February 19, 2016
Colloquium Speaker: Wanda Austin
Dr. Wanda M. Austin is president and chief executive officer of The Aerospace Corporation, a leading architect for the nation’s national security space programs. The Aerospace Corporation has nearly 4,000 employees and annual revenues of more than $850 million. She assumed this position on January 1, 2008.
She is internationally recognized for her work in satellite and payload system acquisition, systems engineering, and system simulation.
Austin serves on the President’s Council of Advisors on Science and Technology, was appointed to the Defense Science Board in 2010, and was appointed to the NASA Advisory Council in 2014.
Austin earned a bachelor’s degree in mathematics from Franklin & Marshall College, master’s degrees in systems engineering and mathematics from the University of Pittsburgh, and a doctorate in systems engineering from the University of Southern California.
Austin is an honorary fellow of the AIAA, a councilor of the National Academy of Engineering, and a member of the International Academy of Astronautics and the American Academy of Arts and Sciences. She also serves on the Board of Directors of the Space Foundation, and on the Board of Trustees for the University of Southern California and the National Geographic Society.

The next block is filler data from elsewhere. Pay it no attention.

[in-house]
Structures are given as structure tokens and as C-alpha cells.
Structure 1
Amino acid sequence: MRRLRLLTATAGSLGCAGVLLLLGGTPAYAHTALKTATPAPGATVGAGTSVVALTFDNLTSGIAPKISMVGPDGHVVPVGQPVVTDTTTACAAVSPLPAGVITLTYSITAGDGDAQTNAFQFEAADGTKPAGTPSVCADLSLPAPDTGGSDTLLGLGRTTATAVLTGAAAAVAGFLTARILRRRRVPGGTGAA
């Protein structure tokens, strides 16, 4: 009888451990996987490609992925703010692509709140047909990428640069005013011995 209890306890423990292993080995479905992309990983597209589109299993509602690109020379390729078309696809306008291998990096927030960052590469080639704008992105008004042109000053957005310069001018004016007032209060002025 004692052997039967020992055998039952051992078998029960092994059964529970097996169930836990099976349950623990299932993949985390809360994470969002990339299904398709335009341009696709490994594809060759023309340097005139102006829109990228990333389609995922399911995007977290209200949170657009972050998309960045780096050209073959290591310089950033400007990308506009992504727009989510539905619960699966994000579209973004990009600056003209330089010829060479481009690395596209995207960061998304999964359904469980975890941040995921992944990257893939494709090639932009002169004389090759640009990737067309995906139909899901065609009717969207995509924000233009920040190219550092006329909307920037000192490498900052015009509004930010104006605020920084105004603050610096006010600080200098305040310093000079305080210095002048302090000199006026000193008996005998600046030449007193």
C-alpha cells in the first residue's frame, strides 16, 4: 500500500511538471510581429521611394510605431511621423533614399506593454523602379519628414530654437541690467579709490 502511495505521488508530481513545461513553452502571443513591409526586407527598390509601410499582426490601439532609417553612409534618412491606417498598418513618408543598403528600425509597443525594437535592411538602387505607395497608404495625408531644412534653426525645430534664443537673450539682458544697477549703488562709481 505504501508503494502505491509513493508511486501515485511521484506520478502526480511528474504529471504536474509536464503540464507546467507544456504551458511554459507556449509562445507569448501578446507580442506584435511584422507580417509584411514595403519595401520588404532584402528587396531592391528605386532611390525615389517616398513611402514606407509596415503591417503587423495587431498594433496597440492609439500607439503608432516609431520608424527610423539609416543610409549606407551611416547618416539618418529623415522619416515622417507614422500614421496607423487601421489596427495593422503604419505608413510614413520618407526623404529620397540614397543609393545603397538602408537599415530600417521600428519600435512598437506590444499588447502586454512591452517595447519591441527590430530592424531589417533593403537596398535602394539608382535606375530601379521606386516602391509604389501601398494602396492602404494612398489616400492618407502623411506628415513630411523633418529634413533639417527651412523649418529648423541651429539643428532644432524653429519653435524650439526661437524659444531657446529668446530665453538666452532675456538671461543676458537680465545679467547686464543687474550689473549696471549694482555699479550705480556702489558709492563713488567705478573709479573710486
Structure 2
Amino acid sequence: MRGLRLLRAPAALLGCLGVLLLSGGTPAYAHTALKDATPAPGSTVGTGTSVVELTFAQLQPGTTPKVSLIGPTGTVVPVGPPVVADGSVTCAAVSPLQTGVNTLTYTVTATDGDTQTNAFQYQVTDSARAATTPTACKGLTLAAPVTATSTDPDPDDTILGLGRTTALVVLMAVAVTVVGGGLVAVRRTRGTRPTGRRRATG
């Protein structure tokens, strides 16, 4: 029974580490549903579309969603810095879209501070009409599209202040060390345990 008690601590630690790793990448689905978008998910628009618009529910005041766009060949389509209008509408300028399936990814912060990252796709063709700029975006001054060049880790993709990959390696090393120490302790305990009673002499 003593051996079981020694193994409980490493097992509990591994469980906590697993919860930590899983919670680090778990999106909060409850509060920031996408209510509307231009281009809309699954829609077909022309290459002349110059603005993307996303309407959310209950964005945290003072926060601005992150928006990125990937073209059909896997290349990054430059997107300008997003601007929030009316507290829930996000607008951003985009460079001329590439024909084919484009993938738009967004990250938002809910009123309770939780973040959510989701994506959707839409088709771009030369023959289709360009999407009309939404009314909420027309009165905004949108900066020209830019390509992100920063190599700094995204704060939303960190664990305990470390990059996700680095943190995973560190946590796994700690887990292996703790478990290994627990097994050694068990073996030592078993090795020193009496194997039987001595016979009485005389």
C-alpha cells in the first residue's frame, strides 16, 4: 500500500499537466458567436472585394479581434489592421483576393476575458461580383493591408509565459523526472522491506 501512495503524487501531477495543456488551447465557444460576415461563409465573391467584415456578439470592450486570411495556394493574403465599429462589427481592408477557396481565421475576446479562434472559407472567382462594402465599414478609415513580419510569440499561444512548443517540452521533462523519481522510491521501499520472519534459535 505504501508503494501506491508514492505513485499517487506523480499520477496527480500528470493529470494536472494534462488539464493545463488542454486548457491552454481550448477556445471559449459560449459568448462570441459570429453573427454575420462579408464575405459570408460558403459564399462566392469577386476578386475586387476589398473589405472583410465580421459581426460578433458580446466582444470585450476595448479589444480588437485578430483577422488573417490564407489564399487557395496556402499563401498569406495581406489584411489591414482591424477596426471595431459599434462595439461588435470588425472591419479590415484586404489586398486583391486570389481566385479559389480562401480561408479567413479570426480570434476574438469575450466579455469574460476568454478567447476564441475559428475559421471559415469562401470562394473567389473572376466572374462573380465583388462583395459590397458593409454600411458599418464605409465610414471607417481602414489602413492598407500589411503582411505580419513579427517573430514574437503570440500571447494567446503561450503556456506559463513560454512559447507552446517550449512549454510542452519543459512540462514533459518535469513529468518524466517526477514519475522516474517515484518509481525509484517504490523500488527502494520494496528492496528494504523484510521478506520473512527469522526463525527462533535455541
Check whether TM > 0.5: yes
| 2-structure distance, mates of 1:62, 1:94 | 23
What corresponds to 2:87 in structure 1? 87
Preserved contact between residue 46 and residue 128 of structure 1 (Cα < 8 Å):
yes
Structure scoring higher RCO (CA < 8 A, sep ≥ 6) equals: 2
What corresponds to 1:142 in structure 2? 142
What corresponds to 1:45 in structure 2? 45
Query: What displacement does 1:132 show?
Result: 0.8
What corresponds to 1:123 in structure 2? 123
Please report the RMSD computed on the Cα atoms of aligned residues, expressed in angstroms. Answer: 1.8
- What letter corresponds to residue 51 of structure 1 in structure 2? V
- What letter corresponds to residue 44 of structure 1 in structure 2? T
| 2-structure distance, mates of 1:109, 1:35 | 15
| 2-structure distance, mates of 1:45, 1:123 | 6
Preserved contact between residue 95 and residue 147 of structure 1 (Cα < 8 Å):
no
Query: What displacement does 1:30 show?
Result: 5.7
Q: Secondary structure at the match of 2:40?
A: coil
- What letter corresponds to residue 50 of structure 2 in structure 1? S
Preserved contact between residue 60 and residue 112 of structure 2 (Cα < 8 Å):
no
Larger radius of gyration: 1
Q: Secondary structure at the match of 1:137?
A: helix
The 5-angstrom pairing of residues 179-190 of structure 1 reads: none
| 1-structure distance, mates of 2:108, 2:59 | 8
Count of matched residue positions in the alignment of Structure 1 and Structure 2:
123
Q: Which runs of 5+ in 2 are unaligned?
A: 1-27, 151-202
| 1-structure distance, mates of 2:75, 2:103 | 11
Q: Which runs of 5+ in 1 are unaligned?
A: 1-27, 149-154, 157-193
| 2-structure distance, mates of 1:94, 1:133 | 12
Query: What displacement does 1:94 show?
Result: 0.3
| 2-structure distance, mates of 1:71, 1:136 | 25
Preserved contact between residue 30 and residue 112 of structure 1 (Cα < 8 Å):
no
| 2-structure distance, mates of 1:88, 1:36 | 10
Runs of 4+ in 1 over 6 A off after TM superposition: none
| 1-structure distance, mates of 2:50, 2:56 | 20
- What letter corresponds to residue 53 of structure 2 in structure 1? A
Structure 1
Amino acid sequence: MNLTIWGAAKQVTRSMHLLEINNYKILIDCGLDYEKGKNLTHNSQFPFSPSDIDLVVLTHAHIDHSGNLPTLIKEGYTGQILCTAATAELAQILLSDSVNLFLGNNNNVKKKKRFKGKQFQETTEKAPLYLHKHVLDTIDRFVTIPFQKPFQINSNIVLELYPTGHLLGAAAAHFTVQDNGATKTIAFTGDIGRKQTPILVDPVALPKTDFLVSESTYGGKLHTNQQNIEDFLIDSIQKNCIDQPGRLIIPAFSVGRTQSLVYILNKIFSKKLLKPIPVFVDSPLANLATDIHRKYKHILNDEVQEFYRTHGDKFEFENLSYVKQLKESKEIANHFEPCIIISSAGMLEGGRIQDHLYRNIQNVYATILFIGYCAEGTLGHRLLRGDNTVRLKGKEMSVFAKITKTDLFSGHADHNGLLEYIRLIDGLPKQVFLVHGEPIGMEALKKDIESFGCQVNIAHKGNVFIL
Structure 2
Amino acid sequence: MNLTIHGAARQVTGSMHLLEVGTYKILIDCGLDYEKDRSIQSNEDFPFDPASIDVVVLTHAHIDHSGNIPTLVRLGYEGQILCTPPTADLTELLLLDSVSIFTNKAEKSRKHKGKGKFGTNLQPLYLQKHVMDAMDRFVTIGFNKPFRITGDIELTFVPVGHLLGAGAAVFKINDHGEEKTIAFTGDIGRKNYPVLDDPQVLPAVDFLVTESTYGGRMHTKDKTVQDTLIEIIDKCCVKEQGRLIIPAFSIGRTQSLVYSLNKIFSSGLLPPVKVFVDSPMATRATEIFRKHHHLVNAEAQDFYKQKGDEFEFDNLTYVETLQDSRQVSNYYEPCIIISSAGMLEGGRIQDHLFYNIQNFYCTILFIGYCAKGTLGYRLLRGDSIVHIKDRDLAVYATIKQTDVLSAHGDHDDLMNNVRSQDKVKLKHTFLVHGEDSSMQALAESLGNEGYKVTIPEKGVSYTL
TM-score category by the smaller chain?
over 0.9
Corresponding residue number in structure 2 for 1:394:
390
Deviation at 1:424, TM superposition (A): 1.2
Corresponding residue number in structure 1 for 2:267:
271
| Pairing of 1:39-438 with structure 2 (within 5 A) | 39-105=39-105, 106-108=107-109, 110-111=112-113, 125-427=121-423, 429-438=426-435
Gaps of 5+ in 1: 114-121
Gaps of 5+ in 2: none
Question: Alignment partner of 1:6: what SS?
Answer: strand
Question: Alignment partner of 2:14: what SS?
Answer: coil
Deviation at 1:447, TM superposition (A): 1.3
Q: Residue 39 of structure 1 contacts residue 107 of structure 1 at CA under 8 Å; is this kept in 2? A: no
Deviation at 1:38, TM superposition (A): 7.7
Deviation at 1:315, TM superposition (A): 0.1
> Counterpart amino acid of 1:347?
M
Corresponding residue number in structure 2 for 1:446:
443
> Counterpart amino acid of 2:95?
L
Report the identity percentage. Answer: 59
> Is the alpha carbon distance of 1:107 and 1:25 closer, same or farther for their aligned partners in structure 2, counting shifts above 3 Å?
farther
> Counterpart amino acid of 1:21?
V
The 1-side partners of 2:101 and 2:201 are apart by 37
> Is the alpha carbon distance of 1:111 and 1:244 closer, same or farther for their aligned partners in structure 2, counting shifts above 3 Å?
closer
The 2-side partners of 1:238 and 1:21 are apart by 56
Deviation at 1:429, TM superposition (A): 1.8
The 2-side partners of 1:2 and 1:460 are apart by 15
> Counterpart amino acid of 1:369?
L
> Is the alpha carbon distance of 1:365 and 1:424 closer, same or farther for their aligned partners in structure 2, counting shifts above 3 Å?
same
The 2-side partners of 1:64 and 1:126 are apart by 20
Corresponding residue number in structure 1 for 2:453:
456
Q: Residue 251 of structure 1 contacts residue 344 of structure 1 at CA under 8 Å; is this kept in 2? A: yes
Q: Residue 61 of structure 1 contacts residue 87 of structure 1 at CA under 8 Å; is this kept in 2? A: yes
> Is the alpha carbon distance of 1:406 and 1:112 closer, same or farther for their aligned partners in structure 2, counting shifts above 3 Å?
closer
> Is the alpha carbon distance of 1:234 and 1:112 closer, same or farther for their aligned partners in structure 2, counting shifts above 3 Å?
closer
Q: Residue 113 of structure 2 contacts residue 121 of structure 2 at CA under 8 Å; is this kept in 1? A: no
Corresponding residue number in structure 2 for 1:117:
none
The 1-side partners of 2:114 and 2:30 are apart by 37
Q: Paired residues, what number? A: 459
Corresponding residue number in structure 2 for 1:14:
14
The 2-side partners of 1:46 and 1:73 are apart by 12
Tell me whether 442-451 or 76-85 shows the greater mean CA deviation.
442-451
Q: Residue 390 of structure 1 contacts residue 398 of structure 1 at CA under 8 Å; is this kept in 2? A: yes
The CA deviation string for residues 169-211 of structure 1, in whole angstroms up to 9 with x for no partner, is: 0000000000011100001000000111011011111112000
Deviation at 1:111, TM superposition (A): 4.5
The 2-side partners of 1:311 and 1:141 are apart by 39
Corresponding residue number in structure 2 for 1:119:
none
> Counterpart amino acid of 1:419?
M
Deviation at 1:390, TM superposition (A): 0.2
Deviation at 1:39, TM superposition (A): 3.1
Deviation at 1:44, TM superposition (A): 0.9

Austin has received numerous awards and citations. Among them are the National Intelligence Medallion for Meritorious Service, the Air Force Scroll of Achievement, and the National Reconnaissance Office Gold Medal. In 2010 she received the AIAA von Braun Award for Excellence in Space Program Management, and is a recipient of the 2012 Horatio Alger Award, the 2012 NDIA Peter B. Teets Industry Award, and the 2014 USC Viterbi Distinguished Alumni Award.
Austin is committed to inspiring the next generation to study the STEM disciplines and to make science and engineering preferred career choices. Under her guidance, the corporation has undertaken a number of initiatives in support of this goal, including participation in MATHCOUNTS, US FIRST Robotics, and Change the Equation.
The work of STEM professionals has led to some of the greatest achievements in human history, yet the general public is far too often unaware of their accomplishments. Furthermore, women and underrepresented minorities are disproportionately left out of STEM fields, both in terms of educational and career opportunities. There are many reasons for the lack of diversity in STEM today, but undoubtedly, one of those reasons is our nation’s struggle to relevantly promote STEM in an inclusive way. It’s an issue of marketing – not content. As a result, the way we present STEM in America needs to change. It needs to be more diverse, modern, and engaging. The space industry has a large role to play in shaping the public perception of STEM, as do teachers, students, artists, and filmmakers alike. Everyone can, and must, contribute.